The first mutterings about this album began as Christmas petered out last year. Domino Records had pulled off another excellent licensing job on a below the radar country/soul/funk/pop/rock/whoknowswhat album that had been released in the US in 2012. I’d never heard of Matthew E. White, but it appeared that was going to change. Being an impatient twonk, I ordered the original pressing from the Hometapes label in Oregon and the LP arrived just as heavy snow hit the South West, in the middle of January this year. I can still remember dropping the needle for the first time as the glare of reflected sun bossed the window next to my turntable and thinking that it seemed a pretty perfect scenario for a debut listen.
No longer a best kept secret, ‘Big Inner’ has, quite rightly, had praise lavished upon it for the entirety of 2013. It is an emphatic record, persuasive in its nature, reflective in its lyrics and euphoric in its melodies. Occupying a territory somewhere between Randy Newman and Bill Callahan, produced by Al Green during his ‘obsessed with ‘Screamadelica’ phase, this is an album to play loud and often. While snow certainly gives it a decent bit of mise-en-scene, it’s far from compulsory. ‘One Of These Days’ simply starts, as if this music is always playing somewhere, and we’re just tuning in every so often. Like many of the seven tracks on the album, it builds slowly and ornately, brass and choirs all playing their part. ‘Big Love’ seems to shudder into action, propelled forth from there by its irresistible bass line and wide-panned percussion. The Hot Chip remix is worth seeking out as it takes all the best bits of the song and gets another three minutes out of them. The vintage feel of the record’s string arrangements is enchanting, giving it the aura of a classic as soon as you meet, and highlighting the organic knitting together of influences and ambition.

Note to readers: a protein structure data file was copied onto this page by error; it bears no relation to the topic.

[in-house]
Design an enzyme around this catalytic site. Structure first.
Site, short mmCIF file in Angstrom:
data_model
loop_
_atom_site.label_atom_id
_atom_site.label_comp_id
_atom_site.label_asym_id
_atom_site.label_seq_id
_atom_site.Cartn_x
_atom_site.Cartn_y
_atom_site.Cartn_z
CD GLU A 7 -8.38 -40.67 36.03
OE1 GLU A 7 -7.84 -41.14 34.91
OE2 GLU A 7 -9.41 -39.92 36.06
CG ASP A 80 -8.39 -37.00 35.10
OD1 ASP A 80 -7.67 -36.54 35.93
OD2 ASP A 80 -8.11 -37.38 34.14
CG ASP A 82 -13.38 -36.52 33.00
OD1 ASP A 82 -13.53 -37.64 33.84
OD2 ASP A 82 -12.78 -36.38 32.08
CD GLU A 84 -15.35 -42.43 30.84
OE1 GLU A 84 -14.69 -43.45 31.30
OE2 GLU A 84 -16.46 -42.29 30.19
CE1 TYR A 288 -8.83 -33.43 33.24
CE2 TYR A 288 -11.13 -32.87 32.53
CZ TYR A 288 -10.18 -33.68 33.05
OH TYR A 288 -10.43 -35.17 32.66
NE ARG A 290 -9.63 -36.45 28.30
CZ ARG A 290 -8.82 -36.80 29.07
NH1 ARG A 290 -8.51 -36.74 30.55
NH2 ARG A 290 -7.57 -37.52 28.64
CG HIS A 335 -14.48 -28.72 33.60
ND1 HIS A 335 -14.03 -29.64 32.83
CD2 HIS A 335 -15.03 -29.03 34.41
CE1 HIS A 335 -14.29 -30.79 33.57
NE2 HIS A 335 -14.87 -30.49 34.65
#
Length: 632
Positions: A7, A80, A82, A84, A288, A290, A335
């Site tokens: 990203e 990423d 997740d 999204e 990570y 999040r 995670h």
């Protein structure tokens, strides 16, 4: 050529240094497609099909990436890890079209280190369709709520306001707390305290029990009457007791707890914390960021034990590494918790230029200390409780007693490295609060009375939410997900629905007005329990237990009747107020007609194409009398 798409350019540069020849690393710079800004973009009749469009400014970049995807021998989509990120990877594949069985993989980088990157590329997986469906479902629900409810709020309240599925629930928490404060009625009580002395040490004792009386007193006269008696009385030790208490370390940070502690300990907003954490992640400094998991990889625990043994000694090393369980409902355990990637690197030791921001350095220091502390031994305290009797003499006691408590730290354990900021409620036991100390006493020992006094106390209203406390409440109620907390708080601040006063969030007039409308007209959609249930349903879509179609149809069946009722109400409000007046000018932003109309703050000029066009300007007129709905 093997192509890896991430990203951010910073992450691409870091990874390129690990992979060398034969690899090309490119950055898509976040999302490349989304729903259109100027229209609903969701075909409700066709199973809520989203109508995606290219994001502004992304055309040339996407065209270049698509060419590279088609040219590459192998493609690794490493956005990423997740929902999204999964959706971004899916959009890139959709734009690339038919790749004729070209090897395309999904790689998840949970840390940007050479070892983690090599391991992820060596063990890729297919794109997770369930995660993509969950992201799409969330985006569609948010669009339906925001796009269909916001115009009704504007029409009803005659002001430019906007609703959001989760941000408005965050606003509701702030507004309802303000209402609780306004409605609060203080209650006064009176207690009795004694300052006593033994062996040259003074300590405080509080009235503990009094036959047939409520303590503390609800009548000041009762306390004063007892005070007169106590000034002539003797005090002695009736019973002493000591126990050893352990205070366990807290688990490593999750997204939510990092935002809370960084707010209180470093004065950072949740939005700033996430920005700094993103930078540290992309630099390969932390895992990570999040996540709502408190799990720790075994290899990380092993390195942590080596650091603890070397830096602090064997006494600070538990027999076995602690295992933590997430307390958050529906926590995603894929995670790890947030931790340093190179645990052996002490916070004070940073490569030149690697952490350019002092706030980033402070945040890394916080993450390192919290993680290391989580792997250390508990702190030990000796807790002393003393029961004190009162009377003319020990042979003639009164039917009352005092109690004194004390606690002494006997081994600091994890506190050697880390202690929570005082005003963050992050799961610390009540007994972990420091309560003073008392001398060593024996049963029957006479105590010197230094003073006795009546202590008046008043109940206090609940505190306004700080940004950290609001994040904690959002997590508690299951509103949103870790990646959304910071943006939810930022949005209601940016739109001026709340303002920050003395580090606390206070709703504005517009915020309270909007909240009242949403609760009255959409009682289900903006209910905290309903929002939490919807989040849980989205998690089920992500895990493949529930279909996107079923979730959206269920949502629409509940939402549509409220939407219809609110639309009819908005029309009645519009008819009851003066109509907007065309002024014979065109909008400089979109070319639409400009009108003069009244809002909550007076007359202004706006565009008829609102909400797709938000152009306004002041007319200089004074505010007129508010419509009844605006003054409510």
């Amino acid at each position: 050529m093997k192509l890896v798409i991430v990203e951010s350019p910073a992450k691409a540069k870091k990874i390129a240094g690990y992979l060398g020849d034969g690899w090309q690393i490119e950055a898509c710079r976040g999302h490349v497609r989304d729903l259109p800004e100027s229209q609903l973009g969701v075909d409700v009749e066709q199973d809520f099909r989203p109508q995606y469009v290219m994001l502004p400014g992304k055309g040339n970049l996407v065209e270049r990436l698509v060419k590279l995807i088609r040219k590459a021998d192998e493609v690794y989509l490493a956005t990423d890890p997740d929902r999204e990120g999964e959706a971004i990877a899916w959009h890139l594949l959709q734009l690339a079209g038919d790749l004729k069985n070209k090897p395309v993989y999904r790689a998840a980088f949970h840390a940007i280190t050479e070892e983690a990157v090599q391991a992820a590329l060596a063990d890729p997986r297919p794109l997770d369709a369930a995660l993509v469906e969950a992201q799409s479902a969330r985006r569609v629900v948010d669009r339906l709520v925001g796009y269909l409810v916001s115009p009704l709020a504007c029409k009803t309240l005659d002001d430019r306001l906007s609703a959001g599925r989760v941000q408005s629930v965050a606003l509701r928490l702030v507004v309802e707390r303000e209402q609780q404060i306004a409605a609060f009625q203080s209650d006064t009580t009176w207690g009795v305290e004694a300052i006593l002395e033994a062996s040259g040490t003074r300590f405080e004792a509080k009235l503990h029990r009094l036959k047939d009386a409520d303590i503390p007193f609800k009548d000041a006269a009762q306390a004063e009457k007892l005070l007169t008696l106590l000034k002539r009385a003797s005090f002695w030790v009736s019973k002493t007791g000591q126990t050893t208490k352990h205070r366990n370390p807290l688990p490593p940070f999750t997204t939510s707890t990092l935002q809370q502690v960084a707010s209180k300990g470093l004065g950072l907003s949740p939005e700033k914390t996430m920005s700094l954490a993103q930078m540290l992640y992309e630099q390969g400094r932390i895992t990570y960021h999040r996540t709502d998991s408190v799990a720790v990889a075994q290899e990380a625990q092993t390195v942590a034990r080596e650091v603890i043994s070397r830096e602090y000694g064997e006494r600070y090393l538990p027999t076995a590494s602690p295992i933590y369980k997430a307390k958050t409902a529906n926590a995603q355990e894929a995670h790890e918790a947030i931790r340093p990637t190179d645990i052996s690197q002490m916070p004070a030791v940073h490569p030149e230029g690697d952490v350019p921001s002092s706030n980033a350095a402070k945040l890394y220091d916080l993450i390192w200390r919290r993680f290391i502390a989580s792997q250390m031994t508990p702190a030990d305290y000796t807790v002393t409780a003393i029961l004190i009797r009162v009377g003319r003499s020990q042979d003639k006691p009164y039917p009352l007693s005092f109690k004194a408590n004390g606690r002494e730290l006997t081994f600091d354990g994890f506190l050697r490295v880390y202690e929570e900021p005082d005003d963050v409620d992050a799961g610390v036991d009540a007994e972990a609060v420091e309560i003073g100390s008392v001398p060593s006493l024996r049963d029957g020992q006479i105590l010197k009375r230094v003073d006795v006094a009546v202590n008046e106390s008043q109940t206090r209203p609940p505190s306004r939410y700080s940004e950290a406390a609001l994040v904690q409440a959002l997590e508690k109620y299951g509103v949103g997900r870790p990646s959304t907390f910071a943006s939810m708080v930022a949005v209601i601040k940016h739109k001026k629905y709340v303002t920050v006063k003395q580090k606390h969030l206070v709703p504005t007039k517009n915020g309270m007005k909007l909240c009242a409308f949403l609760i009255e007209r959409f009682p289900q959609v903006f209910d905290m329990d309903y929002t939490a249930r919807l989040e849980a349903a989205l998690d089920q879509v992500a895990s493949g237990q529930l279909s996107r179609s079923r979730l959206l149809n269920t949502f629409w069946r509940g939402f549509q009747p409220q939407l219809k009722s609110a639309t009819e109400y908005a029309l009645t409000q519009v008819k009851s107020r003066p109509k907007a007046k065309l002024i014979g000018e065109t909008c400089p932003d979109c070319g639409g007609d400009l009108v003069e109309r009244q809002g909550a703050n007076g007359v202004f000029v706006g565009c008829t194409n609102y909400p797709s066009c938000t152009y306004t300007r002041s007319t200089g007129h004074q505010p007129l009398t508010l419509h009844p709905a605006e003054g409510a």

‘Big Inner’ is a singular record that feels like an unfathomable vision being poured out into the grooves. Its quirks are also its finest qualities, and White’s insatiable taste for genres and styles seems utterly sincere. The occasional diversions into jazzier terrain are wonderful and the loose, brooding two minutes appended to the swirlingly wintery ‘Hot Toddies’ provide a fascinating bridging point for album closer ‘Brazos’, which itself sticks around for almost ten minutes. Its devotional tone ensures a celebratory feel from the off, but each time the brass riff kicks in and the drums skitter about is a genuine thrill. The mantra-driven second half is relentlessly soulful and gives the gift of gospel music to bearded indie-kids everywhere. ‘Big Inner’ is a remarkable album for a, ahem, be-ginner, and you have to wonder where he can go next. But, for now, just as it was when this opened the year so perfectly, the spotlight should remain on what he has already done so far.